The battle of Herouxville, it seems, is quickly taking on the proportions of a war.
Last month, apropos of nothing in partic ular, the leadership of the Quebec village promulgated a set of controversial social "standards" for foreign immigrants, declaring in favour of the equality and public integration of the sexes, and warning that Muslims and others cannot necessarily expect to have their religious practices accommodated in schools, hospitals, or workplaces. The gesture, made in a place which does not have a single Muslim resident, was largely without practical effect. But the whole point was to act before a problem arose, the mayor and his council say. And evidently the town was not merely speaking for itself. The Herouxville declaration has found supporters and detractors all over Quebec, attracted the attention of journalists from Fox News and France's right-leaning Le Figaro newspaper, and become a leading issue in provincial election preliminaries, with ADQ leader Mario Dumont praising the town's "cry from the heart." (Mr. Dumont, whose political future was all but dismissed mere months ago, is now performing well in early polls -- perhaps partly because he had made the best use of the opportunity for populism presented by the declaration.)
There is much that can be criticized about the Herouxville declaration -- in partic ular, that it strikes a patronizing, nativist tone by presuming that newcomers need to be lectured to about basic Canadian social standards. Yet most critics have chosen to ignore the preamble to the document, which contains a message of human brotherhood, inviting "all people from outside our [municipality] that would like to move to this territory ? without regard to race or to the colour of skin, mother tongue spoken, sexual orientation, religion, or any other form of beliefs." It requires a wilful misreading of the council's words to interpret them as a message of bigotry. The idea being advanced here is that certain shared premises regarding public behaviour allow us to consort and trade in an environment of trust, and transcend base sectarian or ethnic strife. That is a legitimate idea, not easily dismissed.
That said, perhaps the town's civic representatives might have succeeded more convincingly in establishing their liberal bona fides if they'd skipped the condescending instructional material about dietary habits. It is not really the place of government, or even "society," to tell people that "they don't need to know where [their meat] came from or who killed it." Why should anyone in Herouxville -- or anywhere else, for that matter -- care whether some neighbours choose food that is kosher or halal (or vegetarian or organic, for that matter). Is it really so very long since Roman Catholics commonly observed their own quirky, culturally distinctive rules of diet?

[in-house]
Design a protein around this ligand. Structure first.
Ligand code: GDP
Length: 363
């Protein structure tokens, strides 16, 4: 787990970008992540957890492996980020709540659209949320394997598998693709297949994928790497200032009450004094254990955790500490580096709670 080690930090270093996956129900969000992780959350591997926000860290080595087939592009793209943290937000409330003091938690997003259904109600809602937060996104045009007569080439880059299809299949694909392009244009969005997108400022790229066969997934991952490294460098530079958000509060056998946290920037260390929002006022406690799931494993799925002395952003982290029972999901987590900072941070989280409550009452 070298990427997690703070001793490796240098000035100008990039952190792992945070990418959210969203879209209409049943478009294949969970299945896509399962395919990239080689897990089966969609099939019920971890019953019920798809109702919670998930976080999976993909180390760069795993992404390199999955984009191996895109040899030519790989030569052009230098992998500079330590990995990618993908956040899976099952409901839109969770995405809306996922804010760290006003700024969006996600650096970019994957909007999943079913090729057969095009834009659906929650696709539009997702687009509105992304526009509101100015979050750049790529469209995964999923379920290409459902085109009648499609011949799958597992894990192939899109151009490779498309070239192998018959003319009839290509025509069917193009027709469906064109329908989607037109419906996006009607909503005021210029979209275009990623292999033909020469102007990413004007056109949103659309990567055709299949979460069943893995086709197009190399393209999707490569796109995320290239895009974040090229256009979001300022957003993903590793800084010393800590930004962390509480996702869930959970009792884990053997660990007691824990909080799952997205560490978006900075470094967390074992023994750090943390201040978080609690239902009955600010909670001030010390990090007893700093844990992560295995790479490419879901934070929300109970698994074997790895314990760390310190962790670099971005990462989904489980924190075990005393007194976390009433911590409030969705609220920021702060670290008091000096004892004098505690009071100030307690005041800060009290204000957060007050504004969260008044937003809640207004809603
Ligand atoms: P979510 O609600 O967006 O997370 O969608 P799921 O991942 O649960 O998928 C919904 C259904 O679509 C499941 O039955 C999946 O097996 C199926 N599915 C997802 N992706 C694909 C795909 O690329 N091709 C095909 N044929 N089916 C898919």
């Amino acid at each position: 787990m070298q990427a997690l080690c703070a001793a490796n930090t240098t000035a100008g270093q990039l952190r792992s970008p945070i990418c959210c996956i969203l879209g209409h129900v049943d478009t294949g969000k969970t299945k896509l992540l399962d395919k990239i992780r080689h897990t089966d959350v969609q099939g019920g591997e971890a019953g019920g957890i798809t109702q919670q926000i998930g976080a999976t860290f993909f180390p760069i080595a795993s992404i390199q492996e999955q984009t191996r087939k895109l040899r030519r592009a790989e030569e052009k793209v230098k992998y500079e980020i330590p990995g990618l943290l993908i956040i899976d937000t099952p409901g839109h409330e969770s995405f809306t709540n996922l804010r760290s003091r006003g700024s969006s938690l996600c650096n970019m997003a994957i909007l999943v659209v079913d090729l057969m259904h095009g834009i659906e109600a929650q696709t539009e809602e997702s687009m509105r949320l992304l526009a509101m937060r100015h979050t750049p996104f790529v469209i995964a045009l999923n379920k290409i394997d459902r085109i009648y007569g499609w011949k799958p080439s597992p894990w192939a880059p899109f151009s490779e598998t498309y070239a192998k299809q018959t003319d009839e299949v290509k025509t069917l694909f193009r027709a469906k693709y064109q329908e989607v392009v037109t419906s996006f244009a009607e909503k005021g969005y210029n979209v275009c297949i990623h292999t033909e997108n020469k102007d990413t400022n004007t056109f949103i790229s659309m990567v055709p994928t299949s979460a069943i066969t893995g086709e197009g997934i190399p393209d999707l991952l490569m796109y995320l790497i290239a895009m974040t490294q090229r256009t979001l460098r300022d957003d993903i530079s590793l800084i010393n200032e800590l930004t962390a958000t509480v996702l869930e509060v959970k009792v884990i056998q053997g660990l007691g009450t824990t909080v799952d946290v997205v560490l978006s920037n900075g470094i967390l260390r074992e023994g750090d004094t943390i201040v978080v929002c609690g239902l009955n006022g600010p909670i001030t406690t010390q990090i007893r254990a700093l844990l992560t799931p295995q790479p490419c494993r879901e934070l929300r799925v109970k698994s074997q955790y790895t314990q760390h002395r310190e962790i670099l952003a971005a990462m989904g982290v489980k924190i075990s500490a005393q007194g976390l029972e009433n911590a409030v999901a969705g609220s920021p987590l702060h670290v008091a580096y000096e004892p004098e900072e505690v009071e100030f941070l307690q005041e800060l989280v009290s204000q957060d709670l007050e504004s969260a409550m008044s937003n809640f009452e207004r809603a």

We are also wondering why it is necessary to remind people that "killing women in public beatings or burning them alive are not part of our standards of life." Yes, many Muslim societies in the Middle East, South and Central Asia, Africa and even some notorious European immigrant enclaves treat women in appalling ways. But immigrants to Canada generally know that this is a very different place: Practices such as honour killings, female genital mutilation and polygamy are extraordinarily rare on our shores. And when isolated instances are made public, they are typically a matter for criminal prosecution and journalistic scandal. Herouxville's declaration might be shocking to some in Quetta and Riyadh. But in Canada, it is merely a statement of the obvious. While we agree it is disingenuous for a Muslim immigrant to come to Canada and agitate for the right to wear a veil in an identity document, or to live under sharia law, or to enjoy a veto over the publication of certain cartoons, it is equally disingenuous for the citizens of Herouxville to behave as though they are under immediate threat of a ban on music in public places or an outburst of iconoclasm against cross-shaped gravemarkers.
As demonstrated by the violence and poisonous race relations that beset Paris's Muslim cites and some of England's poor northern towns, the relationship between Muslim immigrants and society-at-large is a high stakes project, one that should be managed without theatrics and grand gestures subject to misinterpretation. It is also important not to go overboard in browbeating newcomers into adopting every one of our habits: The sustaining premise of a liberal democratic society is the determination to let one's neighbour live as he pleases. This liberal premise cannot, on its own, solve the conflicts that arise in settings like public schools and hospitals, and in those locales we have no choice but to occasionally make reference to a set of common social principles. Quarrels are inevitable. But we should not get so caught up them that we end up policing ourselves, in truly un-Canadian fashion, for cultural purity and conformity.